Vegan Festival Korea: Experience the Future-Oriented Diet

While most express concerns about a plant-based diet, a vegan diet which excludes
animal products such as meat and fish, it is more flexible than conventional expectations. Lately, the trend of flexitarianism, the combination of flexibility and vegetarianism, is on the rise amongst those interested in veganism. Flexitarian or semi-vegetarian tends to avoid animal products, but with some exceptions. Anyone can be flexitarian for several reasons: being healthy, saving innocent creatures, and decelerating global warming. However, the initial phase towards being healthier requires constant exposure to a vegan diet and interest in this particular diet. We have the most appropriate fall festival: Vegan Festival Korea, which will enable omnivores to have future-oriented or unconventional perspectives by allowing them to experience this new diet trend.

Pon World Vegan day on November 1st, the 7th Vegan Festival Korea was held between November 2nd and 3rd of 2019. Beyond just eating vegetables or starchy foods, the variegated booths in the festival attracted many participants with various products. Its participants did experience atypical foods and animal-free cosmetic products, clothes, and commodities and learned from experts. Its attraction ranged from food to cosmetics. Out of a dated diet, plant-based Western, Asian main dishes (e.g., lasagna, steak, Kimbap) and desserts (e.g., pie, brownie, pound cake) were served to everyone. What’s more, the cruelty-free Korean vegan fashion brand Vegan Tiger and vegan leather were introduced. Interestingly, excluding animals on their dishes, cosmetics, clothes, and commodities was not their sole purpose. By incorporating Zero Waste, they were also focusing on the environment. The prominent journalist, Sooyoun Song says, “Despite their inconvenience, they devoted themselves to tiny things. We did not take action for their health or beliefs. Small behaviours were focused on others” (Song).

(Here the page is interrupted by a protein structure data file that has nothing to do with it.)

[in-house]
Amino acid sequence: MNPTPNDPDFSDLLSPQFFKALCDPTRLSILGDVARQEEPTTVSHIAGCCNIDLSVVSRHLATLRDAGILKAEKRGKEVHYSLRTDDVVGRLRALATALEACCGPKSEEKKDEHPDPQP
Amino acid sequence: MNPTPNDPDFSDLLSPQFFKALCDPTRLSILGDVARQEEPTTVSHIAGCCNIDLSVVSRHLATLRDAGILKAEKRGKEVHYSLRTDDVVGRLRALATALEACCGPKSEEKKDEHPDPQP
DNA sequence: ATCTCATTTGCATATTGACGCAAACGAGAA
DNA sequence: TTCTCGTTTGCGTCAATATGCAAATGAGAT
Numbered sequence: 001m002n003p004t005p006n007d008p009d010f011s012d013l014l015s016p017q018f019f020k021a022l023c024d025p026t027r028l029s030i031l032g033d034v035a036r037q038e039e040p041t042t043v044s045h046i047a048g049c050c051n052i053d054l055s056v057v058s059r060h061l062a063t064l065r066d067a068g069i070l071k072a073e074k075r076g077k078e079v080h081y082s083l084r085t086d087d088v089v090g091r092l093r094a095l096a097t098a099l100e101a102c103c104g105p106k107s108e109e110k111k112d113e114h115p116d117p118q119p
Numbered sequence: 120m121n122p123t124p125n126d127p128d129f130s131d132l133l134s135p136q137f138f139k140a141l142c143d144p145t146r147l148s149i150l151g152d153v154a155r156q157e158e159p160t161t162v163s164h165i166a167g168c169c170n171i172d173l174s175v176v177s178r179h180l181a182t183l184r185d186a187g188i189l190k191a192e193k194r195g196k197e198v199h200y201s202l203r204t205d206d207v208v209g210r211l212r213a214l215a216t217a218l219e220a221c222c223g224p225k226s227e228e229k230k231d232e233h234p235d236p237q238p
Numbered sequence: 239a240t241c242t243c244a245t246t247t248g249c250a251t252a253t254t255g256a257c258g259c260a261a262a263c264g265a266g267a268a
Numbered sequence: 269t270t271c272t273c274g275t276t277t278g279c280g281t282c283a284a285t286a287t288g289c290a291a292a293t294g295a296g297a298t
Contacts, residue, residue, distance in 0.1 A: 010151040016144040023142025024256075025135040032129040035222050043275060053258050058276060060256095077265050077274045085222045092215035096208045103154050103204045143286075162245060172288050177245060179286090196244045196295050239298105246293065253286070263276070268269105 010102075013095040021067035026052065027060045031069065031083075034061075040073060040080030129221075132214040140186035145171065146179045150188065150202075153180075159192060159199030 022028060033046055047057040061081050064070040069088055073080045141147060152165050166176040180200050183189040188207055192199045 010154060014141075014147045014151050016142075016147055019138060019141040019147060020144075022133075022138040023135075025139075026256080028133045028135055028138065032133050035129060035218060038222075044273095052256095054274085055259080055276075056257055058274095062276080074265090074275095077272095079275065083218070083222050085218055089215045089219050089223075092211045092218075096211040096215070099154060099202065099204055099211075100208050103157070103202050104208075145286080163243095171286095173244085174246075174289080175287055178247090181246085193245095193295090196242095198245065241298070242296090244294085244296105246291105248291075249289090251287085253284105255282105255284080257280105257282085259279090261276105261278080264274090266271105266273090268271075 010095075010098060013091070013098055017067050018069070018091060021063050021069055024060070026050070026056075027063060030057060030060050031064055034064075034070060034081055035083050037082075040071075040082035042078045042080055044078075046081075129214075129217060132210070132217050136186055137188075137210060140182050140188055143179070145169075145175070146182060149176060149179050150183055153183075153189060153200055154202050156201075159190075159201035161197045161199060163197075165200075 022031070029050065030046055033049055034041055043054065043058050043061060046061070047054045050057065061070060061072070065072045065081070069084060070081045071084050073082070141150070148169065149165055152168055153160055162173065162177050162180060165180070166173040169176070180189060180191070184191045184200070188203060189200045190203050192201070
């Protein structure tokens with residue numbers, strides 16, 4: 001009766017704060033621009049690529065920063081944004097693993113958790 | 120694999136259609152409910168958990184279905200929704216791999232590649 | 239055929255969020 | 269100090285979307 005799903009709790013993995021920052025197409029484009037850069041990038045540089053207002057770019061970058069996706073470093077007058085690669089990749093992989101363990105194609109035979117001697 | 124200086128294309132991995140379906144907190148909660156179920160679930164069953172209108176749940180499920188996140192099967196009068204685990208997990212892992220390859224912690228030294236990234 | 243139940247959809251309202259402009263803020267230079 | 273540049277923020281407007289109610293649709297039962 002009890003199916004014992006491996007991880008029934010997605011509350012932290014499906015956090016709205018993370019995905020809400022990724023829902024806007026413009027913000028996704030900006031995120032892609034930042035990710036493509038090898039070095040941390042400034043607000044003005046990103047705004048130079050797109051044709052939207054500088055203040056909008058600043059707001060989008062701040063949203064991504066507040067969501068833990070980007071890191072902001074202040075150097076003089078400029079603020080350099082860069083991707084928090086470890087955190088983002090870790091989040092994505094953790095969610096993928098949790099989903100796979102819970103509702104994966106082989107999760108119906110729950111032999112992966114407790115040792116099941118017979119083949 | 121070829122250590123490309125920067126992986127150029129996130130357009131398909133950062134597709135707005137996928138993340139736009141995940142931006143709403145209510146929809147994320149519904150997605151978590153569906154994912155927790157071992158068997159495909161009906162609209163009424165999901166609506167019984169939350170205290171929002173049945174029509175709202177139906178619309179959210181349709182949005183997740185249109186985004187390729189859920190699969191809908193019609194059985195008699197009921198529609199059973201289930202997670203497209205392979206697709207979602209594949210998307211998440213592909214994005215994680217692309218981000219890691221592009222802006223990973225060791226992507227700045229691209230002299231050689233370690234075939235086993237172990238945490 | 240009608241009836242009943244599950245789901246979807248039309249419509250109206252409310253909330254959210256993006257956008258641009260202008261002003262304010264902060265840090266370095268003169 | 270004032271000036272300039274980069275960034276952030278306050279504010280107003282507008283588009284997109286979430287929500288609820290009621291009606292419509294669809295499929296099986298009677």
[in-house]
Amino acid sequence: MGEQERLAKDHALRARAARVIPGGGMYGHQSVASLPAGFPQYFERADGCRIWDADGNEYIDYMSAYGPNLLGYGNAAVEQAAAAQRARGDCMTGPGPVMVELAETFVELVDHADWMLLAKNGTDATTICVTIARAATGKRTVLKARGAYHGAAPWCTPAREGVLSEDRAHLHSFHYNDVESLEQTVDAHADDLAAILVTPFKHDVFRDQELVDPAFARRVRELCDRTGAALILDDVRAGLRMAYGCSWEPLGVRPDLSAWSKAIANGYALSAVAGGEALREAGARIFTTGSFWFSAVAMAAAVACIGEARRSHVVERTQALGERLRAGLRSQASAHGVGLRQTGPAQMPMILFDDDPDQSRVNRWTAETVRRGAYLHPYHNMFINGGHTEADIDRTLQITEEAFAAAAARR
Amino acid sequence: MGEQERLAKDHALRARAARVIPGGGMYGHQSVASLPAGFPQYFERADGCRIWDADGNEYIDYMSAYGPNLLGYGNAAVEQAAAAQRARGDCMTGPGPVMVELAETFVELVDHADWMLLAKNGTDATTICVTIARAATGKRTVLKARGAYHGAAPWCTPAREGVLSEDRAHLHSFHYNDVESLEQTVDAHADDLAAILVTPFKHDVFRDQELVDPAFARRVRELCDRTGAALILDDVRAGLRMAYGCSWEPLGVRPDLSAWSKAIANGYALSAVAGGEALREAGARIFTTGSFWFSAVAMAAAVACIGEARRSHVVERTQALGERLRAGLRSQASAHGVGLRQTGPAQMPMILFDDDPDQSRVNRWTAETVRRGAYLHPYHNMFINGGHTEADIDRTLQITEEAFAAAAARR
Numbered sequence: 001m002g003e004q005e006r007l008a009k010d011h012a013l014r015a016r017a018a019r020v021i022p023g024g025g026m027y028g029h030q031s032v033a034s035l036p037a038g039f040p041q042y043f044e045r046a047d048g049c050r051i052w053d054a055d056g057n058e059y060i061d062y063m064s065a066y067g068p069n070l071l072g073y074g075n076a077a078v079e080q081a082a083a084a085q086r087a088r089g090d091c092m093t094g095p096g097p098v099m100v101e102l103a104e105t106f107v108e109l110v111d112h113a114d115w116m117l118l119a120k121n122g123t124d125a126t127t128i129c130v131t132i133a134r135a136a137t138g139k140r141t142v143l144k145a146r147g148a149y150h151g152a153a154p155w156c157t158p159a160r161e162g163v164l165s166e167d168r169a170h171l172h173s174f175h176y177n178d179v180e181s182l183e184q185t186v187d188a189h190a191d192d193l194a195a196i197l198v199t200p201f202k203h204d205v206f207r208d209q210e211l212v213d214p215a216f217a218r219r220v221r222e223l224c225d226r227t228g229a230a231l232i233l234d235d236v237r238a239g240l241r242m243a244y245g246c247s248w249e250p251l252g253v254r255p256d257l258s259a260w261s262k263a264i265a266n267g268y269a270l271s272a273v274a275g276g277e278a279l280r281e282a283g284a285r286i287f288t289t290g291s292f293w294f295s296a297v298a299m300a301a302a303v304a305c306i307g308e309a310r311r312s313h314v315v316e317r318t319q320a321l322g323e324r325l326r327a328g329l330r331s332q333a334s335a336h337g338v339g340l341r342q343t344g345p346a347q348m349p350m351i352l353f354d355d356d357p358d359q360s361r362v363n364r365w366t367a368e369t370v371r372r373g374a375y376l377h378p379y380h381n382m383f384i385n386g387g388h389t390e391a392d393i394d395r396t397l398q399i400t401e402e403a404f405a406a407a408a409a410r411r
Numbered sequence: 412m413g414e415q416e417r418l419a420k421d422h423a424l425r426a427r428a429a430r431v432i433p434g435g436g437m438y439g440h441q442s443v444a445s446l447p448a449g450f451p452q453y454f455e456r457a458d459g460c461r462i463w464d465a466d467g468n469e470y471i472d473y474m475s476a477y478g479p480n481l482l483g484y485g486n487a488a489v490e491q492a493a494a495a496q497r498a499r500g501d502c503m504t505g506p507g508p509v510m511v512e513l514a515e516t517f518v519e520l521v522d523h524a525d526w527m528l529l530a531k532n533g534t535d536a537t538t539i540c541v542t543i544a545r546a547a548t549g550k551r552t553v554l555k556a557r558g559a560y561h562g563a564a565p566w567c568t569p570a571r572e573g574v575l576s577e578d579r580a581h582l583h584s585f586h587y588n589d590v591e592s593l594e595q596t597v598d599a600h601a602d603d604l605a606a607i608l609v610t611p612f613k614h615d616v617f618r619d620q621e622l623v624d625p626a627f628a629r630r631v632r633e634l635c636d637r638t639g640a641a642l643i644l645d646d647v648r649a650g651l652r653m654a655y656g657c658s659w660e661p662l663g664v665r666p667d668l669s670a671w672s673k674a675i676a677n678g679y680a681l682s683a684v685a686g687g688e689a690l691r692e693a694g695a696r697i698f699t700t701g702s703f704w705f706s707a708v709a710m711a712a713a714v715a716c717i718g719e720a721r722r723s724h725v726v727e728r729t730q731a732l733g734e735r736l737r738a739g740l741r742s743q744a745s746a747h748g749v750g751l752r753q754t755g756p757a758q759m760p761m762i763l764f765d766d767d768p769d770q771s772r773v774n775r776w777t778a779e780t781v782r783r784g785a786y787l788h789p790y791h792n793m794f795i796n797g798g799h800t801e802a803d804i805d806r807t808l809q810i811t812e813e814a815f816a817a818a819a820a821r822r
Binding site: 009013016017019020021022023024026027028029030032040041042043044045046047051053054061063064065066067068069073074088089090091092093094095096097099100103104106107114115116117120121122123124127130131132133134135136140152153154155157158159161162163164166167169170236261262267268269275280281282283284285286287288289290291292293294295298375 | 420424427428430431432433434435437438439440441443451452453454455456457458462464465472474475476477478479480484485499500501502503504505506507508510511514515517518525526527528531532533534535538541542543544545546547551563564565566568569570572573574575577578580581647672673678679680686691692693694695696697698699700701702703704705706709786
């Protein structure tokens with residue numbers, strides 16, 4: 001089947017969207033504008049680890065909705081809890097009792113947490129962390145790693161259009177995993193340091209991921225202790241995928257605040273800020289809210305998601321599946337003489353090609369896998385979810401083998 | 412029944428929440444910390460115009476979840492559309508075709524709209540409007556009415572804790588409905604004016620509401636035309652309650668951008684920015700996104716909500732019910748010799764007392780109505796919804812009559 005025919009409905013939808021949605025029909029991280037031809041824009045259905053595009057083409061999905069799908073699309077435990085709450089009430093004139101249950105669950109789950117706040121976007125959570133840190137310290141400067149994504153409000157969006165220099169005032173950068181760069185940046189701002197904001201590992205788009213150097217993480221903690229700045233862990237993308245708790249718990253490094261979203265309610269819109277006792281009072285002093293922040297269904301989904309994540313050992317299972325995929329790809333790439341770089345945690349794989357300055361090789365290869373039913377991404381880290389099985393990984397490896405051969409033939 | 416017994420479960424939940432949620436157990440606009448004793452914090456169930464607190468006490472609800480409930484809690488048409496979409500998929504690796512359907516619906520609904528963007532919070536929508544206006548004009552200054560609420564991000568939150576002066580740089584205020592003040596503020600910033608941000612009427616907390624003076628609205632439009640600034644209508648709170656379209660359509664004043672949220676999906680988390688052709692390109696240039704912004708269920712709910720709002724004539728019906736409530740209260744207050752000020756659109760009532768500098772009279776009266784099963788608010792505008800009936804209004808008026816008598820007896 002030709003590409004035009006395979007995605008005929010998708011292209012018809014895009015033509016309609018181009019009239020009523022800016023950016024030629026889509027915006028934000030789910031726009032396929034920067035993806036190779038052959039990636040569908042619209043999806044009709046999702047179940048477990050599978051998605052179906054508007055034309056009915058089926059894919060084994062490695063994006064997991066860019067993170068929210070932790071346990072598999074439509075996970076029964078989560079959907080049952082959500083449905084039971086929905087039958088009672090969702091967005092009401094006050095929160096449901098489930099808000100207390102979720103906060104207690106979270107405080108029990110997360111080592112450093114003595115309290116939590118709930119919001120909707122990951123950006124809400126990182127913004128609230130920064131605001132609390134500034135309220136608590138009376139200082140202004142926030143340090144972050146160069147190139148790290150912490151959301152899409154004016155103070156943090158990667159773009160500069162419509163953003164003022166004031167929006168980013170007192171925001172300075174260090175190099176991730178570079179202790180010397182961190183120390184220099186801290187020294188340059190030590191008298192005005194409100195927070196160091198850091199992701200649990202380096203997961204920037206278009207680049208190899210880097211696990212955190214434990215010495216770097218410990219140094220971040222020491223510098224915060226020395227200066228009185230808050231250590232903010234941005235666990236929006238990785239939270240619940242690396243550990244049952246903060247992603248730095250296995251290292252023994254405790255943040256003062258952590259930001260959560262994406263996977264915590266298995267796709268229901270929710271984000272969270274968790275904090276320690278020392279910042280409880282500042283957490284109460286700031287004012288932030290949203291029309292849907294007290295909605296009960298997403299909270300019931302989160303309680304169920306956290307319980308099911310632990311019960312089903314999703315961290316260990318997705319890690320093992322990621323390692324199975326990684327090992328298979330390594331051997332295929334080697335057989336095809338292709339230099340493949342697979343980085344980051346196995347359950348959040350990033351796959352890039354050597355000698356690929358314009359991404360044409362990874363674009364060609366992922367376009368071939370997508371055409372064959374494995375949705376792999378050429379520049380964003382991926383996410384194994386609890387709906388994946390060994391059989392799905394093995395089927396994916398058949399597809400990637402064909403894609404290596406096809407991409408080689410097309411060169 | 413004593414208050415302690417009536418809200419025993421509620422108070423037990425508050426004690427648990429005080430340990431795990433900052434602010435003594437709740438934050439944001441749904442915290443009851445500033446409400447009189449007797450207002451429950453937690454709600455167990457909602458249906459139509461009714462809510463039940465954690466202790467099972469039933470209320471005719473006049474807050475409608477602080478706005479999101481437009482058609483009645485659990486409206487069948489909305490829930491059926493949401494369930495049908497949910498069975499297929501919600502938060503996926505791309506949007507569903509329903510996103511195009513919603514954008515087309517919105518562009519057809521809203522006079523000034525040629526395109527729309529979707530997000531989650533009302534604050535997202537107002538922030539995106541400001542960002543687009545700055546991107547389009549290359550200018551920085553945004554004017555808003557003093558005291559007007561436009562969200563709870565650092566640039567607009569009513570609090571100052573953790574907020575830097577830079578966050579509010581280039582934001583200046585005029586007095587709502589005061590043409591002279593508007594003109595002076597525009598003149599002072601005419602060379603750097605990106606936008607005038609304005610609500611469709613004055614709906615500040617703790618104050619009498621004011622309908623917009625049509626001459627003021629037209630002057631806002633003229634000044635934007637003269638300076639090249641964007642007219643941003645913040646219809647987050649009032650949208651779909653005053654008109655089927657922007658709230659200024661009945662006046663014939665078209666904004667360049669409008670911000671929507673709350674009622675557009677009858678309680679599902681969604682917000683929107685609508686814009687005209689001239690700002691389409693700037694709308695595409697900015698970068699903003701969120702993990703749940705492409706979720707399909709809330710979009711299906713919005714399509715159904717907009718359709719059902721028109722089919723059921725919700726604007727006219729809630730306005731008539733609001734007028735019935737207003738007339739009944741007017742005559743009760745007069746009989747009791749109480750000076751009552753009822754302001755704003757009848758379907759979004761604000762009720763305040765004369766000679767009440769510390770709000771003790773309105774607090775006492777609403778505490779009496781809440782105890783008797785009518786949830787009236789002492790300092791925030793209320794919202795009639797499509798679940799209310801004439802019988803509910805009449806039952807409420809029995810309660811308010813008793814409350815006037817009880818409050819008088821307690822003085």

All things considered, it is time to move one step forward for all creatures on Earth. Approximately 20 percent of South Koreans tend to avoid animal products (flexitarian) rather than going strictly vegan, as stated by the Korean Vegetarian Union (Korean Vegetarian Union). To encourage this trend, we should raise awareness of the desirability of the flexitarian diet for the betterment of our health, animals, and environment.

By: Soohyun Nam